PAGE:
Top international reviews
There’s a few things to say about King - Firstly, he’s entirely type-cast as a horror author. This book refutes that. Secondly, he sets scenes and builds character like no-one else in the game. Thirdly, he writes tales of youth and nostalgia so cinematically it’s impossible not to be immersed in the action.
On a podcast the other day, I heard it said about King - “He writes places and characters so well, that when he writes something into the narrative like a psychic child, or a ghost, or something paranormal, you can accept it because of the realism of everything else going on. The craziness becomes plausible because of the normality of the world he’s created”.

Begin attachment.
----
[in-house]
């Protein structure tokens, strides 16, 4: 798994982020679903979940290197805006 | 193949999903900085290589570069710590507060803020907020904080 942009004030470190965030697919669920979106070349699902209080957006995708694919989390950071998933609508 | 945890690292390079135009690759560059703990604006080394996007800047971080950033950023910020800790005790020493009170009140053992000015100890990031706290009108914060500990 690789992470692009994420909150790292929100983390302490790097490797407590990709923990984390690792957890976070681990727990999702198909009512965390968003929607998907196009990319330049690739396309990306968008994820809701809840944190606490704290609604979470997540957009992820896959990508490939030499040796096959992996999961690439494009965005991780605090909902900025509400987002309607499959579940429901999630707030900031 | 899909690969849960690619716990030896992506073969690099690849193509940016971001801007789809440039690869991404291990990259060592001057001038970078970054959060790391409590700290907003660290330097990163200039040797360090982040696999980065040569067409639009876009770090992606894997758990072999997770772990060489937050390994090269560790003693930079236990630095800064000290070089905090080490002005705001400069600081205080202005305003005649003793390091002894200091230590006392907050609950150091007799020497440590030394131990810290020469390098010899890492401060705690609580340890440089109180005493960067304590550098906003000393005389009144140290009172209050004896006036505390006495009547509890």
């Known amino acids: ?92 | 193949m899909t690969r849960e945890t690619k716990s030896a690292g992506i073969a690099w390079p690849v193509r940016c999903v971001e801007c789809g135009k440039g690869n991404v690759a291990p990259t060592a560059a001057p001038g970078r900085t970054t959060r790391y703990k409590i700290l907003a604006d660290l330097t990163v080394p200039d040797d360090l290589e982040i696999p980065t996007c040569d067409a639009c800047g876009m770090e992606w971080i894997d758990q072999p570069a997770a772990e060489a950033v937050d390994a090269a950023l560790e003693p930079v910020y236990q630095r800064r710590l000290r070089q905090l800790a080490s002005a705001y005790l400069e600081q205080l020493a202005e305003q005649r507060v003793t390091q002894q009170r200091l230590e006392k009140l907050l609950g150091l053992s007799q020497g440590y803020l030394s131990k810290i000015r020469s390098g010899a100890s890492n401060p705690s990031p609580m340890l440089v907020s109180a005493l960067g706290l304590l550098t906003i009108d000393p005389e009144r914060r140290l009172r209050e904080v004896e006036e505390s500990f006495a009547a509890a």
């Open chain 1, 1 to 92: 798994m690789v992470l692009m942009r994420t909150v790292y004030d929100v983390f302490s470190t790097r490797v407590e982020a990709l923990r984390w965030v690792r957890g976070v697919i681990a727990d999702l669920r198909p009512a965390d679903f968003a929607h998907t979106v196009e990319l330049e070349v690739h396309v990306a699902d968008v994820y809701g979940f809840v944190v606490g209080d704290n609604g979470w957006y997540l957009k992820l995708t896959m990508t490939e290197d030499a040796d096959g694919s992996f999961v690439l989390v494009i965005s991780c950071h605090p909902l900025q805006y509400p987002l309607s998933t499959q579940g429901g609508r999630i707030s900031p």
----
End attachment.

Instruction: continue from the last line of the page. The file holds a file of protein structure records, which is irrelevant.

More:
This book is not gorey. It’s not remotely scary. What it is, is a tale of a man looking back on the summer he grew up, how he overcame his first lost love (which unless you married your high school sweetheart, we’ve all been through!), and interwoven was a couple of sub-stories which actually allowed this book to have a decent climax.
Not a word was wasted in this book, the prose entirely beautiful and nostalgic, the tales funny, witty and charming. And then, in the rarest of rares, Stephen King finished a story perfectly, and second rarest of rares, I had tears streaming down my face.
As I read this book, I had my review in mind, it was headed for a solid 4-star from very early on, but that last 10% had me standing up and applauding.